A Meditation on the Gifts of Three Fathers (Updated)

Grumpa Dec 26, 2021

A package arrives at a modest, yet peculiarly stylish, home in Savannah, Georgia. It's huge; the box I mean. Bigger than a breadbox, but smaller than a new dishwasher. It's addressed simply to Brienne Walsh and the return address reads Stephen Walsh – Chappaqua, New York.

"Only some of them were straight up criminals. Even fewer were so evil that they would do just about anything, trade anyone, even their own daughter, to keep the world from knowing it."

The box is a question, but not a mystery. Brie hasn't heard from her father or mother in nearly a year...more than a year? He brother Brendon called to let her know, that he wasn't allowed to speak with her at one point. But, after the ignored birthdays of her children and the passing of her grandmother without invitation to the funeral, Brie and Caleb had just moved on.

The box was a time-machine,  a black hole that pulled at Brie. She knew it wasn't an attempt at reconciliation. A psychological bear trap, more likely, like the one that took her 30 years to escape no doubt. ”I don't want to open it," said Brie to her husband Caleb.

“Ok,” he said stepping away from their two children. It took him a moment to remove the tape and other packaging materials to reveal the box’s contents. Even then long seconds ticked by before he realized what he was looking at . "It's your wedding dress," he said.

There was no note, but the message hit Brie with the subtlety of a tired boxer. The wedding dress was both the last of Brie's things from the Walsh family estate in Chappaqua and a reminder of the money her father had spent on their wedding. It was the period on the end of a terribly boring run on sentence. She and her blog were to blame for his misfortune, not him. It was her writing, not his crimes or alcoholism or failure to protect the family from their abusive mother. Brie shared family secrets and now she was out.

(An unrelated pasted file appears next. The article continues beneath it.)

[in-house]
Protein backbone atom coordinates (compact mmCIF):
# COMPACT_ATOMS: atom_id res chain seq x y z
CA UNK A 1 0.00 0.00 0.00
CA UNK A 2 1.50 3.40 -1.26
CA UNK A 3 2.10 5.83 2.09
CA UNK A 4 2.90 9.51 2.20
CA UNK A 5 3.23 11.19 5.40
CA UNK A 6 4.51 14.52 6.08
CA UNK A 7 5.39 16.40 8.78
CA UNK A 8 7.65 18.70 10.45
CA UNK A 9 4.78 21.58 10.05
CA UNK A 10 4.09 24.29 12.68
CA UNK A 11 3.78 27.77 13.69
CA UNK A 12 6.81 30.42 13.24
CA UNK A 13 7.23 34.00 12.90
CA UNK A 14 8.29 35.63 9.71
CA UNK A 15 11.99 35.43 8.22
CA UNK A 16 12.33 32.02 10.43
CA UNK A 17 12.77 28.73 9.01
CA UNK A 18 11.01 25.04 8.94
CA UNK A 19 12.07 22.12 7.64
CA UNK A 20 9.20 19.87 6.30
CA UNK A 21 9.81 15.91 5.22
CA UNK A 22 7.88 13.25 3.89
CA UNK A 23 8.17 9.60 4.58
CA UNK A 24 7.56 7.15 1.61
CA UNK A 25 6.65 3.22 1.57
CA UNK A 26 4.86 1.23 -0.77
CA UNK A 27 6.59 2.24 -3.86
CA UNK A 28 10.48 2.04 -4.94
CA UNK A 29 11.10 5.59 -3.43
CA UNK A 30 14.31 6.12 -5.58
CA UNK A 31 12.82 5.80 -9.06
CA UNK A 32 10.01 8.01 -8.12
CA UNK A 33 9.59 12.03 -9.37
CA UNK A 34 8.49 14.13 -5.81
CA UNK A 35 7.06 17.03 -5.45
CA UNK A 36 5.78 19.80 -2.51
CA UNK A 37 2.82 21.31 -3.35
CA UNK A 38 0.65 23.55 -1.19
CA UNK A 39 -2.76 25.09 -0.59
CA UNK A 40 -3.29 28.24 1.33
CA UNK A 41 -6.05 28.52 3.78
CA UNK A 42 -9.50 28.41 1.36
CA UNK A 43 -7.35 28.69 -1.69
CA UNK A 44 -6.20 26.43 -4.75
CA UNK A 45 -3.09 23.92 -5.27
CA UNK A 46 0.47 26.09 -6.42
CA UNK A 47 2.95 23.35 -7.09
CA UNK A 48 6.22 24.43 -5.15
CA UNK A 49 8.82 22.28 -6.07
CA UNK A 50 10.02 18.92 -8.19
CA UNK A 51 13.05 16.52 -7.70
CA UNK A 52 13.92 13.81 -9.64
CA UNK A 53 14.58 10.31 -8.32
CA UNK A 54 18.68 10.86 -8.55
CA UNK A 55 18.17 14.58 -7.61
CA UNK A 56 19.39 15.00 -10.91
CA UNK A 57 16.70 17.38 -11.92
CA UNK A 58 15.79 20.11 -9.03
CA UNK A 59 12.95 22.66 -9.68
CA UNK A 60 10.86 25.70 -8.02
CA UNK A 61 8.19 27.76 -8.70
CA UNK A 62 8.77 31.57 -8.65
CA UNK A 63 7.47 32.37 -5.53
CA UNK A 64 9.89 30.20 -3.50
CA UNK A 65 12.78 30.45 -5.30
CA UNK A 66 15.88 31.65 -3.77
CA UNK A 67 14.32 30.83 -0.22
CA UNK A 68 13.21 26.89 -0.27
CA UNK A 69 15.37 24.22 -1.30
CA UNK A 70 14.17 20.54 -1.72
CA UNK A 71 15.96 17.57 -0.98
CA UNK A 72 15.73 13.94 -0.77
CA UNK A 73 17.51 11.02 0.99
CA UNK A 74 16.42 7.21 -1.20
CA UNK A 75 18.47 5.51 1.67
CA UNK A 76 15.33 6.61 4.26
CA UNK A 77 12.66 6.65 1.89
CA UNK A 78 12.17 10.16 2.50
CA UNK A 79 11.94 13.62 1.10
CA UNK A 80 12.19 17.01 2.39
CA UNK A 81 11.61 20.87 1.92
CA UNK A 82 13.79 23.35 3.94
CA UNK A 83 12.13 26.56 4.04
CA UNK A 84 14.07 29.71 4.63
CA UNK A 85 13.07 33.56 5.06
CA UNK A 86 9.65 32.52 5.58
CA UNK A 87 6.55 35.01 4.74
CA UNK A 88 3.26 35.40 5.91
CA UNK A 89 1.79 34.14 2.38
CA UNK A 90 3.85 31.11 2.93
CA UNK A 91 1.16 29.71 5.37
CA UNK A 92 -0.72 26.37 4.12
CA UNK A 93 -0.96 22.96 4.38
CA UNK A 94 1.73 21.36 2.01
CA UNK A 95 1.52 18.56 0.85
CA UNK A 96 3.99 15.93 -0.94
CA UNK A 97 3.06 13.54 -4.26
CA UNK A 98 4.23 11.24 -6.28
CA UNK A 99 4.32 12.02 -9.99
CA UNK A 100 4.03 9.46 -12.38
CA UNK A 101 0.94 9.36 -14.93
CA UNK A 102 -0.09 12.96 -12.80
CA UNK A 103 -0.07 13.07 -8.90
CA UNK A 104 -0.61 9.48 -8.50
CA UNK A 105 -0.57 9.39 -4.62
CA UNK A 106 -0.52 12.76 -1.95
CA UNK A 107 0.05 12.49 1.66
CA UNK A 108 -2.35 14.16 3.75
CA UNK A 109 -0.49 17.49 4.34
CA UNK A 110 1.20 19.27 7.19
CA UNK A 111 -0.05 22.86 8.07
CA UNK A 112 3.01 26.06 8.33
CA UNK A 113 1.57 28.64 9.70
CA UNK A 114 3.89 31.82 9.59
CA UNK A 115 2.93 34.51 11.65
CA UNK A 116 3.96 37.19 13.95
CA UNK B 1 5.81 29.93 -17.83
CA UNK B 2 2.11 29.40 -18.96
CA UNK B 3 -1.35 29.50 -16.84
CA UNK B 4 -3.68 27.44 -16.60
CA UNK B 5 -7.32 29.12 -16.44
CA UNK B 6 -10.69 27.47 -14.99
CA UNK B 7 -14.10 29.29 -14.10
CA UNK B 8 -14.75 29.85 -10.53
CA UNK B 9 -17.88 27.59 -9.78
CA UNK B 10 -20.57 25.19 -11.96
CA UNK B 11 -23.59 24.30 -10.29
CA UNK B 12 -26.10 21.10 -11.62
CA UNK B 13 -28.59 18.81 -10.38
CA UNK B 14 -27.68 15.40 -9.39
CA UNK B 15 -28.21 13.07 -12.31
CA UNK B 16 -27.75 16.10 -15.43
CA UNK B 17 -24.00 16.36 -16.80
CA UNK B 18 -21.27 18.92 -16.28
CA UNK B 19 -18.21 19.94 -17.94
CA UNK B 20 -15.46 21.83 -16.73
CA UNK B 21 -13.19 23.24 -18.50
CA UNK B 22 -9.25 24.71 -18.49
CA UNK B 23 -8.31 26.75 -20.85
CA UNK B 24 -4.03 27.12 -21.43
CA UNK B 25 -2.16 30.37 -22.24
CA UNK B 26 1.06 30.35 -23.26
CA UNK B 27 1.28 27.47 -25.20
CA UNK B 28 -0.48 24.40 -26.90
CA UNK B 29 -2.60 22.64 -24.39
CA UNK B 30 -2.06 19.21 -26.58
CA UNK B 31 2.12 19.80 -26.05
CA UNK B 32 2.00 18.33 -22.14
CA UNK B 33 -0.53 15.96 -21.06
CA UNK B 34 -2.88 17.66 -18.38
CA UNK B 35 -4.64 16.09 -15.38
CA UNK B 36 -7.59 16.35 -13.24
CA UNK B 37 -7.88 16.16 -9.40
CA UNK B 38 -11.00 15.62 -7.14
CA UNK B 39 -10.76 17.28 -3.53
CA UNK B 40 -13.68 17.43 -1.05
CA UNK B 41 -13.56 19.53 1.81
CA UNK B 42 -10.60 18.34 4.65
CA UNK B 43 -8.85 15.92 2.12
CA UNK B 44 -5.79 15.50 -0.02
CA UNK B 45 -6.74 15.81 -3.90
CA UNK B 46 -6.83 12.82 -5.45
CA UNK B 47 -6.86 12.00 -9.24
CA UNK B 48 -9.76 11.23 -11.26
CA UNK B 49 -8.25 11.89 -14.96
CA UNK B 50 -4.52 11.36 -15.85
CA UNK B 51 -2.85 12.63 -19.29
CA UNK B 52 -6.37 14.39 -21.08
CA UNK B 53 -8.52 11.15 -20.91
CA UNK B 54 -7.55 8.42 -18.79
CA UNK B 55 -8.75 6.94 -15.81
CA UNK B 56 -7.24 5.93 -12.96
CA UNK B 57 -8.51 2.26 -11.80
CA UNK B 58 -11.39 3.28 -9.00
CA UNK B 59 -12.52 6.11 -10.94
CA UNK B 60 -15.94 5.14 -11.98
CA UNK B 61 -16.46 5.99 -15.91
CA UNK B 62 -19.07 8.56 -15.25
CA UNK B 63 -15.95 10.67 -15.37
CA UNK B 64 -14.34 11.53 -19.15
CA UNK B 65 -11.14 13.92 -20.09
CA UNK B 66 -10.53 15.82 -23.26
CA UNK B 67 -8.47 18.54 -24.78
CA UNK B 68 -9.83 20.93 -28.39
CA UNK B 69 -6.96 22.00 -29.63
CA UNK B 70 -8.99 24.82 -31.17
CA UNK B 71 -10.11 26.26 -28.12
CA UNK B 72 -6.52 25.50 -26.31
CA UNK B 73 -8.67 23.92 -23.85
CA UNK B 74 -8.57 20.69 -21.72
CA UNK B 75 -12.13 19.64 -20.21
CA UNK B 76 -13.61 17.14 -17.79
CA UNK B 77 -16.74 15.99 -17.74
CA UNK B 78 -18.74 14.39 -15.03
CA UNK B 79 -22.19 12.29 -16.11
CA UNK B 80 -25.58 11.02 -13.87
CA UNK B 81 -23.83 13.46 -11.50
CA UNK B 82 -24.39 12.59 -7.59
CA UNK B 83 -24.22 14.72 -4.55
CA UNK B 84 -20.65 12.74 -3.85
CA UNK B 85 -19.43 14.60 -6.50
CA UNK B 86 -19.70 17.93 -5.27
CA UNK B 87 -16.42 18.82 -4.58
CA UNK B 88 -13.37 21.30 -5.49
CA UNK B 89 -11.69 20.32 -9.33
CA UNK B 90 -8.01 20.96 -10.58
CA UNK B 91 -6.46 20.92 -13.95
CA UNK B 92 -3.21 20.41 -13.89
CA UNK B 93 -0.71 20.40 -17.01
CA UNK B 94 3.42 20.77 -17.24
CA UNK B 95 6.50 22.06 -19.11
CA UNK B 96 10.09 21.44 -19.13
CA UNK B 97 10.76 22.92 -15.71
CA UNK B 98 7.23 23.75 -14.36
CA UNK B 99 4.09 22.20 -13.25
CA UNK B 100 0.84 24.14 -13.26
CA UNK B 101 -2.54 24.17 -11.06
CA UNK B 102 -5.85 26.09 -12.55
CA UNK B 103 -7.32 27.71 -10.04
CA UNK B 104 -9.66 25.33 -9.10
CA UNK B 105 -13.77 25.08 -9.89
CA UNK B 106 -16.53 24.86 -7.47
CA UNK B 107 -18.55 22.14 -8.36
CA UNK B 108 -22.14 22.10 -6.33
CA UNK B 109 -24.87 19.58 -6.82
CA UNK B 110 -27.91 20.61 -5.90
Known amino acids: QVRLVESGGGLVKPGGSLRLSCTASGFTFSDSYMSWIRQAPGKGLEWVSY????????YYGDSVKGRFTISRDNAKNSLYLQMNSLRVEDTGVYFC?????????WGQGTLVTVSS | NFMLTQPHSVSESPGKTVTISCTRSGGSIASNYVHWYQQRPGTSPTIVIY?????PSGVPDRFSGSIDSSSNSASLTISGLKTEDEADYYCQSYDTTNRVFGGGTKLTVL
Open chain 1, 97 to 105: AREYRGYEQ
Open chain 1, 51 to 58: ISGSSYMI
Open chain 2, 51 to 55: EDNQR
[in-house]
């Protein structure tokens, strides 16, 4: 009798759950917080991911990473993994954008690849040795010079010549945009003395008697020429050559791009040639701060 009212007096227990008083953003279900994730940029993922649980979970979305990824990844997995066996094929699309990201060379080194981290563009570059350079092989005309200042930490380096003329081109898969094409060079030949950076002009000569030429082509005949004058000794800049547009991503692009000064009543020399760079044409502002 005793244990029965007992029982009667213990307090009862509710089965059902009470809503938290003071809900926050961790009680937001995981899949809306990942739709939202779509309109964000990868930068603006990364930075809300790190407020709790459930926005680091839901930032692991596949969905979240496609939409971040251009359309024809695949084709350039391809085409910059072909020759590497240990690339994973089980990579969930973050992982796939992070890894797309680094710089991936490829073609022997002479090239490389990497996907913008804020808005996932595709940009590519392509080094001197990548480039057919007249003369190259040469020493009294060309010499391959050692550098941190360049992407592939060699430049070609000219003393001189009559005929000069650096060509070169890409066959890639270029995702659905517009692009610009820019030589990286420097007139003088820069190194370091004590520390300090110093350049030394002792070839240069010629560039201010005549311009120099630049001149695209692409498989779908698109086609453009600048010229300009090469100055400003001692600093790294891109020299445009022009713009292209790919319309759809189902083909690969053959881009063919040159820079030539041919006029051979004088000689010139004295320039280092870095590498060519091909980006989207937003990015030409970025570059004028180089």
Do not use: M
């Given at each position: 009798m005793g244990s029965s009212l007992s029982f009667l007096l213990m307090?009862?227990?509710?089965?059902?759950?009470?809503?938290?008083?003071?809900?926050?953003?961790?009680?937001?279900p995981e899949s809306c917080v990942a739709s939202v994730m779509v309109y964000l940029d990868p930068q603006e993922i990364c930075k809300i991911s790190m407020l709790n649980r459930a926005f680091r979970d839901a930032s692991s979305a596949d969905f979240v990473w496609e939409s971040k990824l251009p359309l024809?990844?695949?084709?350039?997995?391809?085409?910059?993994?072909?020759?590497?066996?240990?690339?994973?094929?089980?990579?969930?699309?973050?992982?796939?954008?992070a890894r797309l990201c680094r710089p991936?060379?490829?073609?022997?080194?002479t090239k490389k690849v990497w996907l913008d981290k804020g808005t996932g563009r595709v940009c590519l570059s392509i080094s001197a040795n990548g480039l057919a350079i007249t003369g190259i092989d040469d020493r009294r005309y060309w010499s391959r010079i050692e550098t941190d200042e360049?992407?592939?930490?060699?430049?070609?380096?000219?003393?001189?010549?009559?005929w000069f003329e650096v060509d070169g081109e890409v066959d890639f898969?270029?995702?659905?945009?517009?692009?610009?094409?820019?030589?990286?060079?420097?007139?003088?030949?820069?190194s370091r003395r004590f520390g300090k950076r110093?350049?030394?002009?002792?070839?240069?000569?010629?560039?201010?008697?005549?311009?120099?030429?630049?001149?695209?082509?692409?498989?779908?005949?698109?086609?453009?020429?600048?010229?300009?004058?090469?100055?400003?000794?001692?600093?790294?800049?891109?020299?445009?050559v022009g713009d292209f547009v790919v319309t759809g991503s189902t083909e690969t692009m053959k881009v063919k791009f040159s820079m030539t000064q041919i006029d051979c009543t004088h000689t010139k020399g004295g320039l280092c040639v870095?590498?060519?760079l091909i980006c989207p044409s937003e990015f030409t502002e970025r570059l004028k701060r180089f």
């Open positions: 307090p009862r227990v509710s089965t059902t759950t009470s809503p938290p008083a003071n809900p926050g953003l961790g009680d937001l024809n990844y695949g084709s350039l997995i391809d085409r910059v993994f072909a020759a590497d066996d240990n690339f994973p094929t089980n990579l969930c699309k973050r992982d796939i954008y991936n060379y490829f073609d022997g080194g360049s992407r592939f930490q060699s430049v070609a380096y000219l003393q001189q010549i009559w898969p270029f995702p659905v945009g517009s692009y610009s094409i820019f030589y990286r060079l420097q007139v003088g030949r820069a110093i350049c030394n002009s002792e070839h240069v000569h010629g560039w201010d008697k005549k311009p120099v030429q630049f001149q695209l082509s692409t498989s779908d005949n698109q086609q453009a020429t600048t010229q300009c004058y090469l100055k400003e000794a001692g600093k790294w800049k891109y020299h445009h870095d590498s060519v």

In the 80s, after the SEC and Judicial Department brought down Steve Walsh's firm, he didn't blame himself either. It was those rich people that did it, he told his daughter. You don't want to be like THEM," he lectured.

But he was them. There were no mustached bad guys at Drexel. Everyone wore a suit and said exactly the right things in the practiced manner demanded by polite society. They kept beautiful families in beautiful homes. Only some of them were straight up criminals. Even fewer were so evil that they would do just about anything, trade anyone, even their own daughter, to keep the world from knowing it.

Brie turns to her own children and then to their father Caleb. He is a good man and good father for some reasons well-understood and others that become clearer each day. She looks back at her wedding dress and lets out the breath she’s been holding and smiles.

Sometime later, Caleb receives an email from Evie’s dad. Steve Walsh hasn’t allowed him to see his daughter in over a year. On Evie’s birthday, he hadn’t even permitted him to speak to her on the phone. He would allow no contact while this “court stuff” was going on. Steve Walsh’s grievances against Evie’s dad weren’t all that different from those he had against Brie; and his prescription was the same. Accept Maura Walsh’s diagnosis, take your medicine and be grateful that he and Maura were “taking care” of things. Give up. Give in.

Reading the email it seemed like that might have happened. Evie’s Dad would agree to pull out of the battery and kidnapping cases against Tara and Maura in SF and stop cooperating with Police. He would accept whatever diagnosis Maura Walsh wished and enter whatever treatment they demanded of him. He asked  only that Evie be allowed to be raised by both of her parents. “I can get on a plane and bring Evie her Christmas presents in person, he wrote. “Can you think of a better gift you could give Evie than her father?”

There is no response. Again no note, but the message was clear. Merry Christmas.


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©️ Stevie ♥︎ Evie 2021 (All Rights Reserved)